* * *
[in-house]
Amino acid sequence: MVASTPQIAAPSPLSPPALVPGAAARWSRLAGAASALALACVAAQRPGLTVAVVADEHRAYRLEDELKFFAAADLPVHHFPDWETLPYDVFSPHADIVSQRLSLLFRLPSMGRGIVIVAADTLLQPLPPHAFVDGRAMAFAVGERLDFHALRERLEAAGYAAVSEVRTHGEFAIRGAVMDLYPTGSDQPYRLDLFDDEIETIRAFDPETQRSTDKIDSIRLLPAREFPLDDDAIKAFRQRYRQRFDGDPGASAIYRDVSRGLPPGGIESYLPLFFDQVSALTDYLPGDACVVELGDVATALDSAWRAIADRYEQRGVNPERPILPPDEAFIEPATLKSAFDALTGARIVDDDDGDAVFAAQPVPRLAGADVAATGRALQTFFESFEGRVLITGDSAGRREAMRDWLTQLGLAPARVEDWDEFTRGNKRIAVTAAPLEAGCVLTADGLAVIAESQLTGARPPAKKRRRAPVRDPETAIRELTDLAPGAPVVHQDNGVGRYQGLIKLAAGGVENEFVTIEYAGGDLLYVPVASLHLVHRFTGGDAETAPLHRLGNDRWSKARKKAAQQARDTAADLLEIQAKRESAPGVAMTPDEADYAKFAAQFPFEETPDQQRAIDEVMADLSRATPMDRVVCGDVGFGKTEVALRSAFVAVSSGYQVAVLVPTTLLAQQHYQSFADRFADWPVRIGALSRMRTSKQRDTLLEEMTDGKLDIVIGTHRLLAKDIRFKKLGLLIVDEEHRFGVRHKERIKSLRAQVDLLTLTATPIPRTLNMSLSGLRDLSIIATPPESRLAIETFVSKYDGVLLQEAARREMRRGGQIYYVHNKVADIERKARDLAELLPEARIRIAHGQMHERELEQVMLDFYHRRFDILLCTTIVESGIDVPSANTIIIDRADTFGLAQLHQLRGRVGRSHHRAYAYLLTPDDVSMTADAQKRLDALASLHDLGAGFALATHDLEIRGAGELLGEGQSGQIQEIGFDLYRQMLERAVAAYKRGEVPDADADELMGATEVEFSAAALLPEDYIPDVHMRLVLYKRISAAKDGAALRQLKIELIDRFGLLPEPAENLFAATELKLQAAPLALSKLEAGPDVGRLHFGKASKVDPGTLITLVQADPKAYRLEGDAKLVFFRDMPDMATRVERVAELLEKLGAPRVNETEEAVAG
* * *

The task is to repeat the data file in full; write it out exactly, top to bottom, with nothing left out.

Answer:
[in-house]
Amino acid sequence: MVASTPQIAAPSPLSPPALVPGAAARWSRLAGAASALALACVAAQRPGLTVAVVADEHRAYRLEDELKFFAAADLPVHHFPDWETLPYDVFSPHADIVSQRLSLLFRLPSMGRGIVIVAADTLLQPLPPHAFVDGRAMAFAVGERLDFHALRERLEAAGYAAVSEVRTHGEFAIRGAVMDLYPTGSDQPYRLDLFDDEIETIRAFDPETQRSTDKIDSIRLLPAREFPLDDDAIKAFRQRYRQRFDGDPGASAIYRDVSRGLPPGGIESYLPLFFDQVSALTDYLPGDACVVELGDVATALDSAWRAIADRYEQRGVNPERPILPPDEAFIEPATLKSAFDALTGARIVDDDDGDAVFAAQPVPRLAGADVAATGRALQTFFESFEGRVLITGDSAGRREAMRDWLTQLGLAPARVEDWDEFTRGNKRIAVTAAPLEAGCVLTADGLAVIAESQLTGARPPAKKRRRAPVRDPETAIRELTDLAPGAPVVHQDNGVGRYQGLIKLAAGGVENEFVTIEYAGGDLLYVPVASLHLVHRFTGGDAETAPLHRLGNDRWSKARKKAAQQARDTAADLLEIQAKRESAPGVAMTPDEADYAKFAAQFPFEETPDQQRAIDEVMADLSRATPMDRVVCGDVGFGKTEVALRSAFVAVSSGYQVAVLVPTTLLAQQHYQSFADRFADWPVRIGALSRMRTSKQRDTLLEEMTDGKLDIVIGTHRLLAKDIRFKKLGLLIVDEEHRFGVRHKERIKSLRAQVDLLTLTATPIPRTLNMSLSGLRDLSIIATPPESRLAIETFVSKYDGVLLQEAARREMRRGGQIYYVHNKVADIERKARDLAELLPEARIRIAHGQMHERELEQVMLDFYHRRFDILLCTTIVESGIDVPSANTIIIDRADTFGLAQLHQLRGRVGRSHHRAYAYLLTPDDVSMTADAQKRLDALASLHDLGAGFALATHDLEIRGAGELLGEGQSGQIQEIGFDLYRQMLERAVAAYKRGEVPDADADELMGATEVEFSAAALLPEDYIPDVHMRLVLYKRISAAKDGAALRQLKIELIDRFGLLPEPAENLFAATELKLQAAPLALSKLEAGPDVGRLHFGKASKVDPGTLITLVQADPKAYRLEGDAKLVFFRDMPDMATRVERVAELLEKLGAPRVNETEEAVAG